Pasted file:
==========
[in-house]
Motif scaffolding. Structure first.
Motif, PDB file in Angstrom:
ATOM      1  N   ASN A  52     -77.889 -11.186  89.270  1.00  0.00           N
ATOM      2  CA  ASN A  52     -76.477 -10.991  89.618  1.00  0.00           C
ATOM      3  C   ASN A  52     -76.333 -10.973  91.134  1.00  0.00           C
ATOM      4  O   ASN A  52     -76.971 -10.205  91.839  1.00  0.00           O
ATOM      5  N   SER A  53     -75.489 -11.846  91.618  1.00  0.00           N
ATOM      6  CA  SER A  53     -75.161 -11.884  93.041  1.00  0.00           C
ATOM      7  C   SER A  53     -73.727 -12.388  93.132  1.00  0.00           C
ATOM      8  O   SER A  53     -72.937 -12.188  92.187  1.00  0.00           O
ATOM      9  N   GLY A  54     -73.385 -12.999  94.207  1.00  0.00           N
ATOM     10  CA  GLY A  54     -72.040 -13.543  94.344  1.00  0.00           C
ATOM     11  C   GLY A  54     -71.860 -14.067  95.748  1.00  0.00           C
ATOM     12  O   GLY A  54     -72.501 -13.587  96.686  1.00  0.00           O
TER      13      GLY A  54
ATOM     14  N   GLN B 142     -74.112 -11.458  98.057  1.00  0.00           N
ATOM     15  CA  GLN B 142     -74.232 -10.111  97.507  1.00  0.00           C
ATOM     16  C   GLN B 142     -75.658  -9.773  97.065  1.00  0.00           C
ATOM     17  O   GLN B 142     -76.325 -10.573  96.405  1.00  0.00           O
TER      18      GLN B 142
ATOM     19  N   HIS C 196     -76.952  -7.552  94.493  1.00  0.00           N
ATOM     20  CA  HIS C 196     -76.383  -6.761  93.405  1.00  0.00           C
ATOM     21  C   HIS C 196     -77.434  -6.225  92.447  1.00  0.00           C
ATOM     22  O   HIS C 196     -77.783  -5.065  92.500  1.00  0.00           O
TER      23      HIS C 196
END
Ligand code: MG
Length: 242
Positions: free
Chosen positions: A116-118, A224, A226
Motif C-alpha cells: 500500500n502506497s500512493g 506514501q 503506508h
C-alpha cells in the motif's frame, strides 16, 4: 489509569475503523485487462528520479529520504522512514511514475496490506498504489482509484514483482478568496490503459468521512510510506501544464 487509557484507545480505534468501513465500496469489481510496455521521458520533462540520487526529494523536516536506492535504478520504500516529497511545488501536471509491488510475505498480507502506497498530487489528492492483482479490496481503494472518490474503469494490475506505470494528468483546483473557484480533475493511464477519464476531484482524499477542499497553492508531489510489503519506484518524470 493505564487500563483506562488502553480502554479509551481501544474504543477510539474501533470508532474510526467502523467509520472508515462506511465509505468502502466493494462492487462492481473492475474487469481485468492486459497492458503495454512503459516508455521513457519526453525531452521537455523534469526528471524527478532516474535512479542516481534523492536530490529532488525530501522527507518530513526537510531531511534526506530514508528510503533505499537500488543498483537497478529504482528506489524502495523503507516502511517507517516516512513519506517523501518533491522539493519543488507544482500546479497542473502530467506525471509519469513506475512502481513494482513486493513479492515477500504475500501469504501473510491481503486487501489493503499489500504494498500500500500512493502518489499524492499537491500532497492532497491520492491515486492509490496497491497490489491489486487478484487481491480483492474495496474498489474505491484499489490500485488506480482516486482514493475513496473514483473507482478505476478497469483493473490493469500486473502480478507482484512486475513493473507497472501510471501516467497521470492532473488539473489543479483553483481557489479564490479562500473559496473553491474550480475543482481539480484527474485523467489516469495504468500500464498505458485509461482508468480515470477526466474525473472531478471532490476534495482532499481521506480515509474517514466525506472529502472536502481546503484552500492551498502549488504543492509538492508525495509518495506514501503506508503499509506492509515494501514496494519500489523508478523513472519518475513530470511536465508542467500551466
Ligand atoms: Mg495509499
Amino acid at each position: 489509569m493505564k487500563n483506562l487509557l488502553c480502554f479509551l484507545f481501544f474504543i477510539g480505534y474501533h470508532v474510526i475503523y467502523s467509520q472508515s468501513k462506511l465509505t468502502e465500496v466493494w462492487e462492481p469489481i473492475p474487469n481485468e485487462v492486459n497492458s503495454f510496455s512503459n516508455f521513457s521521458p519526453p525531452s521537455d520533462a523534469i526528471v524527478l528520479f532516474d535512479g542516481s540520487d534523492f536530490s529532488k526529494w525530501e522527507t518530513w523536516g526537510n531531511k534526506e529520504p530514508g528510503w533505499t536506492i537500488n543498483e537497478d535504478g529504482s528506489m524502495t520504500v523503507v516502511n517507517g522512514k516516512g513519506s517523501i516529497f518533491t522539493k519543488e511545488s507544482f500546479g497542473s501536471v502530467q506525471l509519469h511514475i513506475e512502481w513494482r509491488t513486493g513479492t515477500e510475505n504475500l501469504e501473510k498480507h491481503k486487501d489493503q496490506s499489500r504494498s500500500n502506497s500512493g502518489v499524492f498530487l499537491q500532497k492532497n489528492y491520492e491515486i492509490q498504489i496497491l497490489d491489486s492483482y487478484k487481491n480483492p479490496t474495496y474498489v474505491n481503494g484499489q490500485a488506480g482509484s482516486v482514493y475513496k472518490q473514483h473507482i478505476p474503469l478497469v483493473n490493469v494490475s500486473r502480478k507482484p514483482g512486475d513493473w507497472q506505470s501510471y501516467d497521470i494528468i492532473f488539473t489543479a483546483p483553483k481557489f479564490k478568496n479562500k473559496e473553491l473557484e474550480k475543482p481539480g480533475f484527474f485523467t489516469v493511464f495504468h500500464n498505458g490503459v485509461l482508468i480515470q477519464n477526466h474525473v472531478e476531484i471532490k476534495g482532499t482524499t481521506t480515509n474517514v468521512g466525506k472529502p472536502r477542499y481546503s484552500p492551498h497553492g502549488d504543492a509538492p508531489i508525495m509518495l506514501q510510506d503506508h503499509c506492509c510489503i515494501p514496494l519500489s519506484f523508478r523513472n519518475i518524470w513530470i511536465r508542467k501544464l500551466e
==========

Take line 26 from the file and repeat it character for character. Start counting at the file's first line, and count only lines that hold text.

TER      23      HIS C 196